Travel

Here’s What It’s Really Like Inside A Flight Kitchen

By Natasha Dragun - 06 May 2019

Inside A Flight Kitchen

One of the world’s largest flight kitchens, Cathay Pacific Catering Services, cooked and delivered more than 30 million meals to over 50 global carriers in 2017. The cavernous culinary facilities can prepare up to 140,000 meals a day for 310 flights—the record so far is 101,791. In just 24 hours. Here are eight little known facts on how it all comes together, from kitchen to tray table. 

#1 Hungry Customers

This kitchen facility prepares meals and snacks for all Cathay flights as well as 50 other carriers, including Korean Airlines, Emirates and Finnair. Every day, around 1000 different menu items are produced to cater to different airlines and different dietary requirements, with some 30,000 meals going to Taipei daily and more than 48,000 heading to Canada.

#2 Kitchen Confidential 

There are dedicated kitchens for different meal components: there’s one just for Halal dishes, others for hot and cold food, and yet another for pastries, breads and desserts. At the end of each day, dozens of people are involved in scrubbing down every surface until it gleams.

#3 Crunching The Numbers  

The chickens work overtime in Hong Kong, with more than 8000 omelettes made here every day. Like fried rice? The industrial-sized woks in these kitchens can whip up 300 kilograms of this tasty dish in a single batch. Then there are the 12,000 kilograms of fruit and 7000 kilograms of vegetables consumed daily, with every piece washed three times before being cut by hand, not to mention the 1000 kilograms of beef used every day.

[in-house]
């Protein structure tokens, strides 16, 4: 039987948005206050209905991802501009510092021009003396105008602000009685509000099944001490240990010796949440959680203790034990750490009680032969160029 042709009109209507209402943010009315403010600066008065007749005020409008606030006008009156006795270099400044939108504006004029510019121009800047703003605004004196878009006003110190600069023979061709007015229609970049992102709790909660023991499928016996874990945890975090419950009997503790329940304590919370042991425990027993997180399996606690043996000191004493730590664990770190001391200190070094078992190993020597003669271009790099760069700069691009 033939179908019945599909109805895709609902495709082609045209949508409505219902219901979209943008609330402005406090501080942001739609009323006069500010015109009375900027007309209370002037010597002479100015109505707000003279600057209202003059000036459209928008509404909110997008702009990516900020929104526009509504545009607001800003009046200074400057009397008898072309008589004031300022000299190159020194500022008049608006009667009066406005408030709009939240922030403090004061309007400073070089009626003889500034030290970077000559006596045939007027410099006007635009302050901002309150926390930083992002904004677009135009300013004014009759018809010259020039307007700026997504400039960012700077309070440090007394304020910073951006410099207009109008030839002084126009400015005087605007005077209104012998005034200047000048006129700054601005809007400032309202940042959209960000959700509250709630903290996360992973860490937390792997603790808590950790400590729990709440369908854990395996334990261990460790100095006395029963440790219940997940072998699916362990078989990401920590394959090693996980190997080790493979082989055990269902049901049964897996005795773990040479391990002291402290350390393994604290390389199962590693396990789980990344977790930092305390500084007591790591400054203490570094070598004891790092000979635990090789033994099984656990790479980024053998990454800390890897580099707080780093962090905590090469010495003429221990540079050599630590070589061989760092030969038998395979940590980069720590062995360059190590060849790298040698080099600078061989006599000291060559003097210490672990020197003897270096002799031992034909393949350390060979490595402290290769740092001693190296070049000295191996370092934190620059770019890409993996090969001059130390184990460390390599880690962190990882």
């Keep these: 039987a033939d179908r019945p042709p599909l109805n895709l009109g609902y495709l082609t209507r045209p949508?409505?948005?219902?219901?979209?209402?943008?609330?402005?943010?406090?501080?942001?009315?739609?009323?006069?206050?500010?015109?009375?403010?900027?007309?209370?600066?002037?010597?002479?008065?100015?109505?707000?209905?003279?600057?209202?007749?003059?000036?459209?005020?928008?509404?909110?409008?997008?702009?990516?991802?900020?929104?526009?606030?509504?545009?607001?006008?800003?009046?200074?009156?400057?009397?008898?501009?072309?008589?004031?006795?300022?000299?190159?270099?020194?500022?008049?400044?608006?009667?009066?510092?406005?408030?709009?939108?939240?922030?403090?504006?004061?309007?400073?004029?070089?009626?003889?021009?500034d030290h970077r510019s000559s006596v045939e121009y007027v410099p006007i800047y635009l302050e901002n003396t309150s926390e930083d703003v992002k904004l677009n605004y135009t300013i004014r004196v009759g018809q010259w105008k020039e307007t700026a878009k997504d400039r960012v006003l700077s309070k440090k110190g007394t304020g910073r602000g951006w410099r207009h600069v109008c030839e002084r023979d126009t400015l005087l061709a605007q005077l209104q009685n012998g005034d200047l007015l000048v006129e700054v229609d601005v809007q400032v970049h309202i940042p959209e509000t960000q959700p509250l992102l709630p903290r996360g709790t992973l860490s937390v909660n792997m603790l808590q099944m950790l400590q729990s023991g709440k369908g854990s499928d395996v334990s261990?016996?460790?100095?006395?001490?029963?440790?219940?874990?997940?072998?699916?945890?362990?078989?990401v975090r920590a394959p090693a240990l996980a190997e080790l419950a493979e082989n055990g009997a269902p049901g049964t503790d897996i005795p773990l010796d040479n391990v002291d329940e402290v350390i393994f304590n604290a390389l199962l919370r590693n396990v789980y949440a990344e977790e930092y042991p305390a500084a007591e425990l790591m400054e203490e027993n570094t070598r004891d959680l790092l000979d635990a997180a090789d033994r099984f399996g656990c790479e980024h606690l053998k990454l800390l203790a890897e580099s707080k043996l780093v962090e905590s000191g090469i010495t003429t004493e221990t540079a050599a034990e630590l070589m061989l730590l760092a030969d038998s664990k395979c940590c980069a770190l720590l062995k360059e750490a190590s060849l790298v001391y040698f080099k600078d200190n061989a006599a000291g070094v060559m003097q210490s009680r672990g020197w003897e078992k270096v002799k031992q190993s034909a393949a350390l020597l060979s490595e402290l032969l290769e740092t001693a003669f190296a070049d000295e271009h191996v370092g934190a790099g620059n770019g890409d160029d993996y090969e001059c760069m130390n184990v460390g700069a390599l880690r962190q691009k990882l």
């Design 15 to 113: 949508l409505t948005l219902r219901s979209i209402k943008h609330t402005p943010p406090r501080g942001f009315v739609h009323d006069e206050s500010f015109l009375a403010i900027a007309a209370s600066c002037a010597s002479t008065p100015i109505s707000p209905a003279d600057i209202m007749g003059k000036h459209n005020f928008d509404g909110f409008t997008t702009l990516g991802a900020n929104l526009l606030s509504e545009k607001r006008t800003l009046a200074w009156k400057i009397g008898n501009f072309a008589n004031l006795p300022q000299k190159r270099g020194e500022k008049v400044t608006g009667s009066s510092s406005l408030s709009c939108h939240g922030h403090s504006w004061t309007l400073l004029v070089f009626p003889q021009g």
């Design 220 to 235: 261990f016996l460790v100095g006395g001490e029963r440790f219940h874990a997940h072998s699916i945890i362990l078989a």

#4 Breaking Bread

Around 90 per cent of all bread needed for daily operations—about 80,000 pieces—is made on-site every 24 hours. To cater to all tastes and dietary requirements, there are also more than 80 different types of bread made.  

#5 Putting It All Together

The kitchen created a custom-built assembly line that manages 1000 trays an hour along its 23-metre-long conveyer belt. This is where trays are loaded with crockery and cutlery before moving into carts. While there are automated processes, much of the meal prep and assemblage is done by hand based on photos of dishes created by international chefs.  

#6 Time To Board

After being loaded onto food carts, things move pretty fast. In fact, less than 12 hours pass from when a piece of fruit or a veggie is cut to when it lands on a plane, and it takes around 12 minutes to transfer carts from their storage facilities onto a plane.

#7 Drink Up

Cathay Pacific changes its wine list every three months, with a team of six people involved in blind tasting sessions where more than 500 wines are sipped over four days, with around 80 making the final cut. Tasters always take into consideration the fact that our senses are diminished in a pressurised cabin, so bolder wines are always better in flight. Travellers are a thirsty bunch, which means that each long-haul flight requires around 90 cans of mixers, 110 bottles of wine, 80 cans of beer, plus 365 bottles of juice, soft drink and water. 

#8 Waste Not

Although one might think an operation of this size would generate a lot of waste, all wet food scraps are donated to a fish farm, with most unused dry food donated to the Food Angel charity.  

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Image credit: Suhyeon Choi

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